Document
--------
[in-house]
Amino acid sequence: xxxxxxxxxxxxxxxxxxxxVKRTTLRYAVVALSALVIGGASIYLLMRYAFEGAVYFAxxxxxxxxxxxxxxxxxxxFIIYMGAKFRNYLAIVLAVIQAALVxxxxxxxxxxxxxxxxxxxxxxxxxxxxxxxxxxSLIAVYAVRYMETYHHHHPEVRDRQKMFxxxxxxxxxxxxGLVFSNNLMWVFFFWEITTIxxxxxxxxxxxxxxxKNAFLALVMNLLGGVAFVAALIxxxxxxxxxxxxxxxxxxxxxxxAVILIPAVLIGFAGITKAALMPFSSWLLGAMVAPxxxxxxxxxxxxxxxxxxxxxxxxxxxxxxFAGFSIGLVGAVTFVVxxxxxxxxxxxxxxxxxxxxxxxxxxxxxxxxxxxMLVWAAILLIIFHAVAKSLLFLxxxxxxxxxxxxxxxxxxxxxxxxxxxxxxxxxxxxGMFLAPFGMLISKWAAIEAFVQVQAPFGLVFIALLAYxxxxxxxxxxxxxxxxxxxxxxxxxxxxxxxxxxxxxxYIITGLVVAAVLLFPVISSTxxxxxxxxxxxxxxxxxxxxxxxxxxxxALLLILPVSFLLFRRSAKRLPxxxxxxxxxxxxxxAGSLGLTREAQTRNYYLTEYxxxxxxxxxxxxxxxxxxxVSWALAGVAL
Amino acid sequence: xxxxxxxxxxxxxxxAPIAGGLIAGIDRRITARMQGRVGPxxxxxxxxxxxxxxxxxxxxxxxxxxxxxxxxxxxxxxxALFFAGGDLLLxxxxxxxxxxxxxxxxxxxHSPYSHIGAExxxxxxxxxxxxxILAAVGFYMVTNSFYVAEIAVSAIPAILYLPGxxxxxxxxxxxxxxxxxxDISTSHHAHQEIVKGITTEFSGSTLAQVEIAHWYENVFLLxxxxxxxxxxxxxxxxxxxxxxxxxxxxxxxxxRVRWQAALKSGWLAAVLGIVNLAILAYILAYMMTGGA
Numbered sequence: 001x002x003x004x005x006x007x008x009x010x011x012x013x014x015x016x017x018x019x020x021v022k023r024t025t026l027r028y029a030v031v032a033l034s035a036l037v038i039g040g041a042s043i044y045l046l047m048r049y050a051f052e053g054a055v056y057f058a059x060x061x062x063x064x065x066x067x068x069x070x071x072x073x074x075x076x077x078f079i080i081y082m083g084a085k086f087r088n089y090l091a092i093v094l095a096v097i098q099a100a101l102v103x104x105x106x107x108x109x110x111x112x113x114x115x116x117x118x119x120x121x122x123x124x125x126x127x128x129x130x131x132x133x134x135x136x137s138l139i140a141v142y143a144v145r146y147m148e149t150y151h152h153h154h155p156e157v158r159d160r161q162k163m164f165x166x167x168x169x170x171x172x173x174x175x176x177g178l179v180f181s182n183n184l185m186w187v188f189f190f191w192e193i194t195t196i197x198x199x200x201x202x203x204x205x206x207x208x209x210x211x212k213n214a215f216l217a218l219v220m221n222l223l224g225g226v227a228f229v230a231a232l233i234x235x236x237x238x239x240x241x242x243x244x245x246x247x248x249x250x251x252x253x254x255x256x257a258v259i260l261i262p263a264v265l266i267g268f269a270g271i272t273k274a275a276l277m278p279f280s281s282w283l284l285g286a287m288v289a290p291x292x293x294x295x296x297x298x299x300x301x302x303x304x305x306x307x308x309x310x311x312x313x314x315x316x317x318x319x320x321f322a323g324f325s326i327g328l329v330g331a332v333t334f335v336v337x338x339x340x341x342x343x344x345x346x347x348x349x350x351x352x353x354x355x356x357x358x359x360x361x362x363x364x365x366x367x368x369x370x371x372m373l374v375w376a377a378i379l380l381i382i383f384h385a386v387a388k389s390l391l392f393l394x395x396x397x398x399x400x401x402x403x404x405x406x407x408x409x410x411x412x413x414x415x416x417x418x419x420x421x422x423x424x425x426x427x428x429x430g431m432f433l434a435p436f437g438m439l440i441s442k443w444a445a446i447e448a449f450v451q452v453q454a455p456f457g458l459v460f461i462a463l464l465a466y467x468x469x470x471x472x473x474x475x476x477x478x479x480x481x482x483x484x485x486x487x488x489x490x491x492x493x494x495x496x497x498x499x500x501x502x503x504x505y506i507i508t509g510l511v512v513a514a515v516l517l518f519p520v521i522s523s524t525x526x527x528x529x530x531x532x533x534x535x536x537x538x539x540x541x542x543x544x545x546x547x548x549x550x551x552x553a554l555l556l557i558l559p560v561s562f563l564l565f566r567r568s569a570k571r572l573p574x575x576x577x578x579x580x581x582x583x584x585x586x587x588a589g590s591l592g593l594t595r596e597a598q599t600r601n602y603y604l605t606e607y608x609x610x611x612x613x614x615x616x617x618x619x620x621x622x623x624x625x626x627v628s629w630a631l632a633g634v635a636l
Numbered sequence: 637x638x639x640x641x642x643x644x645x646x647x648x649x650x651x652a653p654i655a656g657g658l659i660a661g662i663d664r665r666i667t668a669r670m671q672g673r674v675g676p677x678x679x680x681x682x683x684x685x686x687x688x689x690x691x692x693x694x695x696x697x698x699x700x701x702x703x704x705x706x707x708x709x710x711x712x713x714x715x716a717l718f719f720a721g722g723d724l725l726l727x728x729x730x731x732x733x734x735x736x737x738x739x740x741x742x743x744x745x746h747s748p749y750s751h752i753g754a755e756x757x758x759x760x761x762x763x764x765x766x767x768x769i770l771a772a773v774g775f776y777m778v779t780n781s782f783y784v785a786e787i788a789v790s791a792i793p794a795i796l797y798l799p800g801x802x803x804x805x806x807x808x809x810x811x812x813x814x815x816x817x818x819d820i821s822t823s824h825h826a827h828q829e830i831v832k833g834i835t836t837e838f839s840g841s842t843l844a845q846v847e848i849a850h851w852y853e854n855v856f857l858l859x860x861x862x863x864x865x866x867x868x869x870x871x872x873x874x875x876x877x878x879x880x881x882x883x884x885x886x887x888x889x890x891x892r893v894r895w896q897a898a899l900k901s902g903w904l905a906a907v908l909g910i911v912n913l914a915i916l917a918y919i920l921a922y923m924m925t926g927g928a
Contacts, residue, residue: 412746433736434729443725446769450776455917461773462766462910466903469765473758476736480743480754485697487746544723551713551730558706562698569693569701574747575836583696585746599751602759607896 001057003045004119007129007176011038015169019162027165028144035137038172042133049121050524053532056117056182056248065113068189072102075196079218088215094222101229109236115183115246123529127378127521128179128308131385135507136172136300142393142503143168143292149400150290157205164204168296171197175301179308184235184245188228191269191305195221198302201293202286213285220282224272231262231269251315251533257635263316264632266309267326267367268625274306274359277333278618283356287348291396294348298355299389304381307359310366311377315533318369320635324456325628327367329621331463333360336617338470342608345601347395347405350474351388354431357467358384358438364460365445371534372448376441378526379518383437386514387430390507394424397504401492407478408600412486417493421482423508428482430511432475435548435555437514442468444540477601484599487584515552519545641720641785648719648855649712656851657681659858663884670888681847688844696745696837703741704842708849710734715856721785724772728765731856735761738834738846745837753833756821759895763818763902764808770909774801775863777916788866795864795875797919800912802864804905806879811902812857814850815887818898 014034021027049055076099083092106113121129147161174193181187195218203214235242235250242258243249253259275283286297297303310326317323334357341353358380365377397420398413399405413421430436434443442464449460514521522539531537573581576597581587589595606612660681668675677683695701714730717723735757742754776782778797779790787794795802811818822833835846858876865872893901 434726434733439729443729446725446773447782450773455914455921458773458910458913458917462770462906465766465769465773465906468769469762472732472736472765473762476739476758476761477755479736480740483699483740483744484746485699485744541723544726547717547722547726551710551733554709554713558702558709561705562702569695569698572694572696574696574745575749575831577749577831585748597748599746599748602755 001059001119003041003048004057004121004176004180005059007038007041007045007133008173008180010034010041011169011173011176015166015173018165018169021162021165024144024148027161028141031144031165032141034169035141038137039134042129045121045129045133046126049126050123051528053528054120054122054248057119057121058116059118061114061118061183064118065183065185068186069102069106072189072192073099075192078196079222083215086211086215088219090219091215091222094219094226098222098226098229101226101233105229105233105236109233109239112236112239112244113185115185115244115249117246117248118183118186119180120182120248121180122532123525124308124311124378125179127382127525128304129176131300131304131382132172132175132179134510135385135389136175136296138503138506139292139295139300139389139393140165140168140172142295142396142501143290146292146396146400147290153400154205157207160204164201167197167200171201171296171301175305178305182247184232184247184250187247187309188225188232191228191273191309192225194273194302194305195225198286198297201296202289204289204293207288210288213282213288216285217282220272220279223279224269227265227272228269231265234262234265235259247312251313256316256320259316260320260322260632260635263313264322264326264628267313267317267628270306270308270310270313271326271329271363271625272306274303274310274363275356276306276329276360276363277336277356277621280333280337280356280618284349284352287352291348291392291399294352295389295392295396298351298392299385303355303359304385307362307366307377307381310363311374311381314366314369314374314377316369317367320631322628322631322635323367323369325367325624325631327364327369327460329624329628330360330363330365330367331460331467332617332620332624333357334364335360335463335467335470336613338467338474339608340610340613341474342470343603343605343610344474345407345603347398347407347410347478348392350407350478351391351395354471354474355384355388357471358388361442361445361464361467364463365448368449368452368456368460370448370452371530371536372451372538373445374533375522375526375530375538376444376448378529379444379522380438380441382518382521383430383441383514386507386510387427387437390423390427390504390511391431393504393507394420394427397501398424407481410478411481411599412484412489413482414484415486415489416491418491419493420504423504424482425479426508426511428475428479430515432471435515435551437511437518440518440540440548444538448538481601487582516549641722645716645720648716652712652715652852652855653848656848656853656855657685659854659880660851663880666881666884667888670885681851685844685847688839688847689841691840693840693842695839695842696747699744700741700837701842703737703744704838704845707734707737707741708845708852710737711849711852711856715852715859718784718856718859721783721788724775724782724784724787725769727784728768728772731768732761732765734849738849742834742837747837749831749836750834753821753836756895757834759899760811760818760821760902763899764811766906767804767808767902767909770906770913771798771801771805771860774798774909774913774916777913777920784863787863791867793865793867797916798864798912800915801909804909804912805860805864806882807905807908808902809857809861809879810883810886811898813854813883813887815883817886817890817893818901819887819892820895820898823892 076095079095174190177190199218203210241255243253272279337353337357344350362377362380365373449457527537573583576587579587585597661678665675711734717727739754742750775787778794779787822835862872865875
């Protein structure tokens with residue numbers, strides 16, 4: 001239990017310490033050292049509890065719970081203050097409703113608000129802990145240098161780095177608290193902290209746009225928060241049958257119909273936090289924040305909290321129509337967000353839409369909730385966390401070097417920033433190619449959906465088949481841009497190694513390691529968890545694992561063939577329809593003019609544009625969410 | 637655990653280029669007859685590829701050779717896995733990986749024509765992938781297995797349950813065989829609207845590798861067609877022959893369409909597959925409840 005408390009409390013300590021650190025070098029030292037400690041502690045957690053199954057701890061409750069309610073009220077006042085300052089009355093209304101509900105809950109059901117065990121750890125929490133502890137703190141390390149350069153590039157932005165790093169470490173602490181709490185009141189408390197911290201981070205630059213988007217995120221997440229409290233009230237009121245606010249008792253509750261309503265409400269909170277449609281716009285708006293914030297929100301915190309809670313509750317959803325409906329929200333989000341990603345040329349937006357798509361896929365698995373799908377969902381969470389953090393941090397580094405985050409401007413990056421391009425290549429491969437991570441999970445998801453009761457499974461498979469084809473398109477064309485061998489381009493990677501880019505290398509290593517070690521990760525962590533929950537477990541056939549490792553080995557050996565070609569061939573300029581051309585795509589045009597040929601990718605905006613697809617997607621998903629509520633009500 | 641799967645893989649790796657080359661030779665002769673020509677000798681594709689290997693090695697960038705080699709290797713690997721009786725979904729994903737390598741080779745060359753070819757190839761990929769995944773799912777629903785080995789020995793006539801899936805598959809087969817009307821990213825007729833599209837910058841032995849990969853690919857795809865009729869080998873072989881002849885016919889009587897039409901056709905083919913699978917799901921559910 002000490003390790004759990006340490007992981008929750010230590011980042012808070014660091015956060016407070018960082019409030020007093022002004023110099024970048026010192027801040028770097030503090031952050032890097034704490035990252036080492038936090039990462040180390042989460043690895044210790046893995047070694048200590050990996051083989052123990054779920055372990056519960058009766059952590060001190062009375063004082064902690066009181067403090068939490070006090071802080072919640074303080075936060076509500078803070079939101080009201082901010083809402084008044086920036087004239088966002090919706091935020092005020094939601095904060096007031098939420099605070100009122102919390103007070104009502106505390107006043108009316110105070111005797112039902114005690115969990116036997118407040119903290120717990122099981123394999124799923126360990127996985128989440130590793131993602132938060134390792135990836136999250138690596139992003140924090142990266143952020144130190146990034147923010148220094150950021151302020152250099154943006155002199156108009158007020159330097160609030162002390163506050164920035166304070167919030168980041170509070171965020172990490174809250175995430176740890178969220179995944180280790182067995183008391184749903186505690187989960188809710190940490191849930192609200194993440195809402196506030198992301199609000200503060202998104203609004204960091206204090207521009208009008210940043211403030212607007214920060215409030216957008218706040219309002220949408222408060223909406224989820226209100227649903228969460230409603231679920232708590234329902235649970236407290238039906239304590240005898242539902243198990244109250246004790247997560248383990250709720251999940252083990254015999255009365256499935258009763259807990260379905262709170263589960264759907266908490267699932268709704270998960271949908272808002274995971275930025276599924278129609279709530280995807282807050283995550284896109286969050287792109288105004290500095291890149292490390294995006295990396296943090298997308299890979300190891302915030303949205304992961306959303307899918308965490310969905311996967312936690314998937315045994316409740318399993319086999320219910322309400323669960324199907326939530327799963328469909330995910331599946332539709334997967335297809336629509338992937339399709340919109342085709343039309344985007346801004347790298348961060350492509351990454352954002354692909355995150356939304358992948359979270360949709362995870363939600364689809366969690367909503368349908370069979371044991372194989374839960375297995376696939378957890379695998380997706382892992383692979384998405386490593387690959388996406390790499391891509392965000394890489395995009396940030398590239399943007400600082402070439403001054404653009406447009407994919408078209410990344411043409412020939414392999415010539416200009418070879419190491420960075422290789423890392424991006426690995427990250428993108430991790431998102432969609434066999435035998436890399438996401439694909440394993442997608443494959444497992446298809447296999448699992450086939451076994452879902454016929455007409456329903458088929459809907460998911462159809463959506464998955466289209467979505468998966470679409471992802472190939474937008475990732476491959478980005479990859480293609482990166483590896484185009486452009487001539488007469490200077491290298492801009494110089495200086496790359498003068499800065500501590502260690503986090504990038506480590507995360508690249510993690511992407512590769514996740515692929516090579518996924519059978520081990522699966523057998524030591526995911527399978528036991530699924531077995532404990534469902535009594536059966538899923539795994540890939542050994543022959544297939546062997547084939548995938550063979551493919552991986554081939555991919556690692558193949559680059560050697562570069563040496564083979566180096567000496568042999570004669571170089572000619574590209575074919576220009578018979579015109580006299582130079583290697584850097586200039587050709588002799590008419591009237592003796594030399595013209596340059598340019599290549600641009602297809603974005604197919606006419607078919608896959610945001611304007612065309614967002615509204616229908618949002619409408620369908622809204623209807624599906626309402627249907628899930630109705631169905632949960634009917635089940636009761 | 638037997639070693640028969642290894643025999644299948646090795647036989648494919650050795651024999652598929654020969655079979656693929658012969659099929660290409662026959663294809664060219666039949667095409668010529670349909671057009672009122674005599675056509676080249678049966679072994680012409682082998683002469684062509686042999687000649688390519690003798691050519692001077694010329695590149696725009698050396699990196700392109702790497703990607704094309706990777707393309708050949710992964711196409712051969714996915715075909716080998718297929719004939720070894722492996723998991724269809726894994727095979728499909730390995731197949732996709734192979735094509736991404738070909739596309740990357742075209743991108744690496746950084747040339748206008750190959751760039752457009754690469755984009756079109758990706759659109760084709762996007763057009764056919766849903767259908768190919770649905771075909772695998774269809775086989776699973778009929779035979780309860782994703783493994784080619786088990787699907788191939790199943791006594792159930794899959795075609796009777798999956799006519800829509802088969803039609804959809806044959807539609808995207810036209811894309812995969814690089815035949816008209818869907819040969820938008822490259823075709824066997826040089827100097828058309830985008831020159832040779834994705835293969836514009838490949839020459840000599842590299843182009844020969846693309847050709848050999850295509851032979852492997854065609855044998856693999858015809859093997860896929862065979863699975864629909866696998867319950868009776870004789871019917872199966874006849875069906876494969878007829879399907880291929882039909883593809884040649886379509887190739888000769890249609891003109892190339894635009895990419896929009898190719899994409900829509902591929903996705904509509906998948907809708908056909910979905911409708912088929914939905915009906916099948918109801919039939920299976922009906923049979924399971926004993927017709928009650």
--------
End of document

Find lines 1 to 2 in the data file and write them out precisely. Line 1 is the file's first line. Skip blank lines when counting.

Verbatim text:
[in-house]
Amino acid sequence: xxxxxxxxxxxxxxxxxxxxVKRTTLRYAVVALSALVIGGASIYLLMRYAFEGAVYFAxxxxxxxxxxxxxxxxxxxFIIYMGAKFRNYLAIVLAVIQAALVxxxxxxxxxxxxxxxxxxxxxxxxxxxxxxxxxxSLIAVYAVRYMETYHHHHPEVRDRQKMFxxxxxxxxxxxxGLVFSNNLMWVFFFWEITTIxxxxxxxxxxxxxxxKNAFLALVMNLLGGVAFVAALIxxxxxxxxxxxxxxxxxxxxxxxAVILIPAVLIGFAGITKAALMPFSSWLLGAMVAPxxxxxxxxxxxxxxxxxxxxxxxxxxxxxxFAGFSIGLVGAVTFVVxxxxxxxxxxxxxxxxxxxxxxxxxxxxxxxxxxxMLVWAAILLIIFHAVAKSLLFLxxxxxxxxxxxxxxxxxxxxxxxxxxxxxxxxxxxxGMFLAPFGMLISKWAAIEAFVQVQAPFGLVFIALLAYxxxxxxxxxxxxxxxxxxxxxxxxxxxxxxxxxxxxxxYIITGLVVAAVLLFPVISSTxxxxxxxxxxxxxxxxxxxxxxxxxxxxALLLILPVSFLLFRRSAKRLPxxxxxxxxxxxxxxAGSLGLTREAQTRNYYLTEYxxxxxxxxxxxxxxxxxxxVSWALAGVAL